The 2 Chainz feature is notable and shows that the Duffel Bag Boy is in a zone leading up up to his next album which is expected to come out in the near future. 2 Chainz really doesn’t care, and his talent is just spilling the contents of his vibrant imagination in hilarious and sometimes very poignant bars. He got famous for being infectious, and his presence is felt on the album. Young Thug also spits a verse that makes you think you can understand exactly what he’s saying on first listen, run it back, and then realize he’s actually speaking much more clearly for some reason. But it’s actually fire, and catchy in typical Thugger fashion. Drake got everybody on this one, even Kanye West on “Glow”, an undeniably catchy song that feels like it was recorded in one night. Kanye leads the track with a classic few bars about when “me and being broke broke-up” that again validate Kanye as an artist who is still doing it on an iconic level. Kanye’s legacy to me is going to forever be more influential than Drake’s, just because Kanye has otherworldly talent that Drake hasn’t demonstrated.
Drake works hard, and consistent improvement in numbers and reach every album proves that despite the criticism. It’s hard to listen to a Drake album and love it as a fan of music knowing that he might really only be responsible for the vocals. I’m not trying to be all pro-Meek Mill, but that controversy never really came to an actual resolution for me. Quentin Miller and his reference tracks are real things. The fact that Drake pulls from so many different influences, and throws a wide variety of features on the 22 song playlist make this album similar to Views for me. Yeah it’s what Drake’s giving us at this point, and there will be some songs off of here that’ll be spun into oblivion for the next 8-12 months. But is it a classic? After at least five front to back listens at this point, I have to say no. It’s a playlist in the truest sense, just a mix of vibes and attempts at capturing all sides of culture. It’s the play of a man on the road to world domination who’s plagued by too many insecurities to trust himself to innovate in his own lane. There are fewer and fewer people doing it now, and it’s an actual problem for the integrity of music. The innovation is happening on Soundcloud and overseas right now, and Drake is smart enough to realize that and use it to his advantage.
“More Life” is good in the sense that it gives these artists a bigger platform, but bad in the sense that it borrows too much from them. Again, how many of these songs will you have in pop up back in regular rotation a year and a half from now? If you’re already a die-hard Drake fan, a lot of them, and if you’re a skeptic like me, you’ll just keep going back to Skepta and Giggs while telling yourself you’re not really listening to the last Drake album again. “More Life” is a Jamaican saying to wish someone well, and Drake doesn’t exactly project positivity on this one project. He goes at Kid Cudi again, a possible veiled Jay-Z diss on “Free Smoke” and repeated Meek Mill shots. He thrives off of vulnerability, and he reflects the emotional state of many people in 2017. Anxious, self-conscious, sometimes irritable, it relates well to so many that this record will definitely go platinum in streams. I feel old when I wish that the invulnerable 50 Cent era was back, and rappers were still superheroes. The people need a voice, and Drake has been chosen. And if he doesn’t turn into Will Smith and just act forever now, one thing’s for sure: there’ll be More.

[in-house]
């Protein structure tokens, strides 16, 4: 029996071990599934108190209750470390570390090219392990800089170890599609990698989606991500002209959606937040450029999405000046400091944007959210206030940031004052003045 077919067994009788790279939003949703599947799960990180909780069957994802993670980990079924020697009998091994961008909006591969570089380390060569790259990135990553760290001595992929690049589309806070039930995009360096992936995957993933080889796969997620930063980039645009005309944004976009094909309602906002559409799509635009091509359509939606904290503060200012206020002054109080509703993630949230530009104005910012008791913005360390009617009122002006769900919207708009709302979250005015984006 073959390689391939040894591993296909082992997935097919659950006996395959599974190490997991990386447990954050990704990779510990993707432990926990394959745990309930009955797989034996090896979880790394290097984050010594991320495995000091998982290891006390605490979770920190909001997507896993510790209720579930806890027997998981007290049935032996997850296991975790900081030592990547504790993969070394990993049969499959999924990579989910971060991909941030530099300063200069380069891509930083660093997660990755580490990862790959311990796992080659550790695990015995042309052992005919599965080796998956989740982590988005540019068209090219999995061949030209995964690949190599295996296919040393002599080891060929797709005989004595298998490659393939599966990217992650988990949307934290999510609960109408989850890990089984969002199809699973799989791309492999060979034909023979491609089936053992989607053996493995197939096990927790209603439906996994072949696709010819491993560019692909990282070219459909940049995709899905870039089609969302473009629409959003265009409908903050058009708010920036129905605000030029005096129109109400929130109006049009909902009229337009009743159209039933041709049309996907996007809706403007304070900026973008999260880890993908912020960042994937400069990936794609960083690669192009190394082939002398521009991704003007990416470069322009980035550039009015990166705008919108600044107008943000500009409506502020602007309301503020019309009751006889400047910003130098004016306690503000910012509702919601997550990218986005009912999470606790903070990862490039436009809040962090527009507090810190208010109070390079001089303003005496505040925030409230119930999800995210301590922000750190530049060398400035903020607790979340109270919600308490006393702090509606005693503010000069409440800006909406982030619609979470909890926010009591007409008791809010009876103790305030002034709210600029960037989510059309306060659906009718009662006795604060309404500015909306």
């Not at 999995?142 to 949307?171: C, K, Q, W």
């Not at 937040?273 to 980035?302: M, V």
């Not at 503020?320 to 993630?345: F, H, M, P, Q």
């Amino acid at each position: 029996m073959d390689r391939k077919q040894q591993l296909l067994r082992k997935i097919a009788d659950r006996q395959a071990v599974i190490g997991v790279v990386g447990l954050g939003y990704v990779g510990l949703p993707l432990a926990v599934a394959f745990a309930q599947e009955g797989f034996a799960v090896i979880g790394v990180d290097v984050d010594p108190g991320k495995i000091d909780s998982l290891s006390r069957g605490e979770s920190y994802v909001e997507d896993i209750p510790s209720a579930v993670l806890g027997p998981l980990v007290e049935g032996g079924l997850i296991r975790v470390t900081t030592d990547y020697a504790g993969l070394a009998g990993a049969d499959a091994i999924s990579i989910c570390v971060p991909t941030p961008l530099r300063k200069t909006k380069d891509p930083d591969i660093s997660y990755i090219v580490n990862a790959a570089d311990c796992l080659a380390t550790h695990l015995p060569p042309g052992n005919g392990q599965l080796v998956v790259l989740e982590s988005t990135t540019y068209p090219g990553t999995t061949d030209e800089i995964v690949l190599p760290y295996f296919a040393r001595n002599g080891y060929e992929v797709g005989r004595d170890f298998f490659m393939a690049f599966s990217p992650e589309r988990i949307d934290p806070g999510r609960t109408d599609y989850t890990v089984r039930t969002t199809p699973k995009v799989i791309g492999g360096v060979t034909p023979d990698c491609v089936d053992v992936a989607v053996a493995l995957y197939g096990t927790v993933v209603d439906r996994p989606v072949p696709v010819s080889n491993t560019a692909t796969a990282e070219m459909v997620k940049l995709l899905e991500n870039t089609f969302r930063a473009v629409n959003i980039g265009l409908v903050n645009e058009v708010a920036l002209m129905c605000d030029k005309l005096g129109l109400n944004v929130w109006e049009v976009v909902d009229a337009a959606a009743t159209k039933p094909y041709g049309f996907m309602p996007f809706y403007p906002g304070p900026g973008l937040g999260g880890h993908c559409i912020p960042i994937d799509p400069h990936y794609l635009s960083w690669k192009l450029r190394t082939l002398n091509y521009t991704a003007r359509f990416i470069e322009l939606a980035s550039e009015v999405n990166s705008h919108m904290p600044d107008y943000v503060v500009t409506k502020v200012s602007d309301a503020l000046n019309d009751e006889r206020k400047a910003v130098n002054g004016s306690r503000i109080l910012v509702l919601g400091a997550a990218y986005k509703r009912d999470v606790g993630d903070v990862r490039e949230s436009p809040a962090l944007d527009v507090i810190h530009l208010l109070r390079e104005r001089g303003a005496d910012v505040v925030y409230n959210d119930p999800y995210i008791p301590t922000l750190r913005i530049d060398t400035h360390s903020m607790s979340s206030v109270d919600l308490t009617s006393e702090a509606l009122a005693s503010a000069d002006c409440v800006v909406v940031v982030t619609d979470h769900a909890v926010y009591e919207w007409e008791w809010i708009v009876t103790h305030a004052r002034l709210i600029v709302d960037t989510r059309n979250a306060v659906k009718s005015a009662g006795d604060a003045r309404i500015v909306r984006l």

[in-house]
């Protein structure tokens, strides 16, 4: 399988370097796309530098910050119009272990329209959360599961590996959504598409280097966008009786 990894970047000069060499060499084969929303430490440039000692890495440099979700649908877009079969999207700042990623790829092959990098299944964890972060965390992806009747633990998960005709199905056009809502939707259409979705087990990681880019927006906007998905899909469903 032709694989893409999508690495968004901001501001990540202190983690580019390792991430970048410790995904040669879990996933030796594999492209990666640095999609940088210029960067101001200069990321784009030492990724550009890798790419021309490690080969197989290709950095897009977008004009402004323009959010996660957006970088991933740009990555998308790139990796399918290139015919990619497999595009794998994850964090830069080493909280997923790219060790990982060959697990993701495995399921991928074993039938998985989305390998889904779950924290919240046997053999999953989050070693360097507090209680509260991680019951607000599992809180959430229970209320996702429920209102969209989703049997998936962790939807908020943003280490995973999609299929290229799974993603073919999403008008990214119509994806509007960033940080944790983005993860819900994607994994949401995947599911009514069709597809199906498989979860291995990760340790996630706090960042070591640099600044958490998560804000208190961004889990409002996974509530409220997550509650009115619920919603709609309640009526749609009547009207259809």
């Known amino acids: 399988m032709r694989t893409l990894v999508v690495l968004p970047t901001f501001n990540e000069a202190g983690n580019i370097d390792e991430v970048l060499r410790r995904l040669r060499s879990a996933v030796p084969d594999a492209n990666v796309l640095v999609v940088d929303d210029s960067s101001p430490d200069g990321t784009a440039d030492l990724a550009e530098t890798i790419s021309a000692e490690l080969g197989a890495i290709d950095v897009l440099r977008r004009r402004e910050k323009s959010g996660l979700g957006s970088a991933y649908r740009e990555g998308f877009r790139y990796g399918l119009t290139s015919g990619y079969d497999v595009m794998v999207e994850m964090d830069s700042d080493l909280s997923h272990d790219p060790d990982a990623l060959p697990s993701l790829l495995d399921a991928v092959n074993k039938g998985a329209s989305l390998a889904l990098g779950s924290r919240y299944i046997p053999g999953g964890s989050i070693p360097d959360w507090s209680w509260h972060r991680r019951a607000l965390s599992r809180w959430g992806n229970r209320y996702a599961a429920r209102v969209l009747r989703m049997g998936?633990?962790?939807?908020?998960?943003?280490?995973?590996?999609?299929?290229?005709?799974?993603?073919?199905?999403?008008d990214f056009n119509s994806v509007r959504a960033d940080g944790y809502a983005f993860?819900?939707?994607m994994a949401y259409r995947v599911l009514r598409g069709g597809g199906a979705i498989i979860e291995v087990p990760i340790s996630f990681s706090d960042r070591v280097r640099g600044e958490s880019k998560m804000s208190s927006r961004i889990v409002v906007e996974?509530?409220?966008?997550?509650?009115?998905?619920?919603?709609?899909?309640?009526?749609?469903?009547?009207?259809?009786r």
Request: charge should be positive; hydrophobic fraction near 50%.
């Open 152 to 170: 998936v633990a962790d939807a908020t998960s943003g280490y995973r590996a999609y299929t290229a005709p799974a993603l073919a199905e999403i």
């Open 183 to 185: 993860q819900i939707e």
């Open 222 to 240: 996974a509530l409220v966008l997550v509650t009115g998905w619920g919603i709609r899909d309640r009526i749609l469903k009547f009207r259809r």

by Lucas Reiman
Daniel Nielsen is an aspiring photographer from Des Moines. I went to school with Daniel for four years of high school and grew up playing youth sports with him. His ability with a camera after taking photography seriously for only four years is inspiring and drives me to continue my own photography. I am incredibly proud to know him and am proud to be able to share a bit more about him. I sat down with him during this winter break to get his journey in photography and to listen to some of his opinion on the photography world.
26: Give us a little Background about yourself.
D: I am 18 years old and I am from West Des Moines, Iowa. I graduated high school from Dowling Catholic in West Des Moines and I currently attend the University of Northern Iowa.
26: What are you studying in school?
D: I am currently an environmental science major and I plan on adding a photo journalism minor in the spring.
26: What got you interested in photography/filmmaking?
D: I have always been really into making videos since I was in middle school. I would try to make short films with my friends. I always had a camera on me in those days and it led me to go and buy my own personal DSLR. I bought a Canon T3 and I used it for photos and short films. Once I got the Canon, that really inspired me to pursue more of photography.